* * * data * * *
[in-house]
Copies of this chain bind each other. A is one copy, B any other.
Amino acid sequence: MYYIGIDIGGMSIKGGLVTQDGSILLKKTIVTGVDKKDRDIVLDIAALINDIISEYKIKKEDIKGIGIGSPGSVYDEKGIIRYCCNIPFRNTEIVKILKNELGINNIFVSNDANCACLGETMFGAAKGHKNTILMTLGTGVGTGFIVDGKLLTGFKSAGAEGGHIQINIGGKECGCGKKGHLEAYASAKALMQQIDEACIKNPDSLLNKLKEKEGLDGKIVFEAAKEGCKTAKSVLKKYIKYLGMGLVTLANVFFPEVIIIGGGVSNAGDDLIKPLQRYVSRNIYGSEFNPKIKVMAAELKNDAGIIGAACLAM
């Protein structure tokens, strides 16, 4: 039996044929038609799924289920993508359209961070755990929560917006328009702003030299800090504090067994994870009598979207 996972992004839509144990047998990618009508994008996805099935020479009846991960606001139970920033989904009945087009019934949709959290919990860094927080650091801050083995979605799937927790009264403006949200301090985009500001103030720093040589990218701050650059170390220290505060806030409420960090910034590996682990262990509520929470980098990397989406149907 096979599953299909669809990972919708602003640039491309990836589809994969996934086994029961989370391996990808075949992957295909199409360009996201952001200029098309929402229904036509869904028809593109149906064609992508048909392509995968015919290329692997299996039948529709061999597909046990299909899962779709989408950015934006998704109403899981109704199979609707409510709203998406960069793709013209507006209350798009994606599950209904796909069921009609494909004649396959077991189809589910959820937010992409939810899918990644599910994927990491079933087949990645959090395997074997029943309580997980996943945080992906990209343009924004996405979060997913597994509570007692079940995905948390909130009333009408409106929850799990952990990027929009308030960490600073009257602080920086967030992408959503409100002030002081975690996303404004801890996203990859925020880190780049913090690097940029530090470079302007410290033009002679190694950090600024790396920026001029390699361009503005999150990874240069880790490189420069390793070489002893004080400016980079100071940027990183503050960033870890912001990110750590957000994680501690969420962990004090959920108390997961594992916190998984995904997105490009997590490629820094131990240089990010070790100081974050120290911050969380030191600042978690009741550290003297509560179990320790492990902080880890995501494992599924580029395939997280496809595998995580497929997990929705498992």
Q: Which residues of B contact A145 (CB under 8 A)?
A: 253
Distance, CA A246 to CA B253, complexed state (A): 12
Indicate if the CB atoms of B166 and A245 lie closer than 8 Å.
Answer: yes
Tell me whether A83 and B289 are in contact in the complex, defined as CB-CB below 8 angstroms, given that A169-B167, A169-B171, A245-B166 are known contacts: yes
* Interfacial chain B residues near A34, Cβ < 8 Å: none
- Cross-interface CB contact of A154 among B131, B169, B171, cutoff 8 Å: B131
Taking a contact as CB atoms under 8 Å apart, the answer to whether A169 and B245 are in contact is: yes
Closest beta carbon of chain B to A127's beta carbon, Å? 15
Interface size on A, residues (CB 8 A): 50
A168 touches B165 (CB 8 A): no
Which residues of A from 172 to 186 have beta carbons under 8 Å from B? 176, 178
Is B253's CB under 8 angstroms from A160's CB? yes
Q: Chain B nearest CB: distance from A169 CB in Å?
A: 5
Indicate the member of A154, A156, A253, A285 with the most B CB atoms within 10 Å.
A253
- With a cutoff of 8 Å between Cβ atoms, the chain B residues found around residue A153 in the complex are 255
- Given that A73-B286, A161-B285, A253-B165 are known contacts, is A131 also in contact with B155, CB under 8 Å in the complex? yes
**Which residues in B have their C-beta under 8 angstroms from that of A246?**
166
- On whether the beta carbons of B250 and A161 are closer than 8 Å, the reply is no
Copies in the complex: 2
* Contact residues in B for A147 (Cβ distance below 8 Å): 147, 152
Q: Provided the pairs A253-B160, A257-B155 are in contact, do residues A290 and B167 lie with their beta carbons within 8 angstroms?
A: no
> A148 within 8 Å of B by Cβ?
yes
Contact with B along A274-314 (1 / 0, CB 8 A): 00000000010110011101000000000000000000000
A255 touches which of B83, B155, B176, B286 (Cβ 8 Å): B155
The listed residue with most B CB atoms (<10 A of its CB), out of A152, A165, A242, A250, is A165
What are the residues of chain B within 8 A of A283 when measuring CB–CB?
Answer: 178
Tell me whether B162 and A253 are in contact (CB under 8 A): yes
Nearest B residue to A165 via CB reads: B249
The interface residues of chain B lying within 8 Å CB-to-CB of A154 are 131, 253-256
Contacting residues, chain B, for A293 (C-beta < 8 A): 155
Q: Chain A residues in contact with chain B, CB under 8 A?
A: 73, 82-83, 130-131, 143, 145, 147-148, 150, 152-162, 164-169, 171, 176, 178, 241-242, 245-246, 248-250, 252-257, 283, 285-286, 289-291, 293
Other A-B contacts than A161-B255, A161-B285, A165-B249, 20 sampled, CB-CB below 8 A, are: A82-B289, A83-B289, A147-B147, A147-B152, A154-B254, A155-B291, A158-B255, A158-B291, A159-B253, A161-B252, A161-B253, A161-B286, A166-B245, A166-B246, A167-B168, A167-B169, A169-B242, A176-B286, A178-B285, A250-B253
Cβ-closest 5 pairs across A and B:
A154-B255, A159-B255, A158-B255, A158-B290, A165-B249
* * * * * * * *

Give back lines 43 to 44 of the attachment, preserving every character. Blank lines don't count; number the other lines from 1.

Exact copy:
Q: Chain A residues in contact with chain B, CB under 8 A?
A: 73, 82-83, 130-131, 143, 145, 147-148, 150, 152-162, 164-169, 171, 176, 178, 241-242, 245-246, 248-250, 252-257, 283, 285-286, 289-291, 293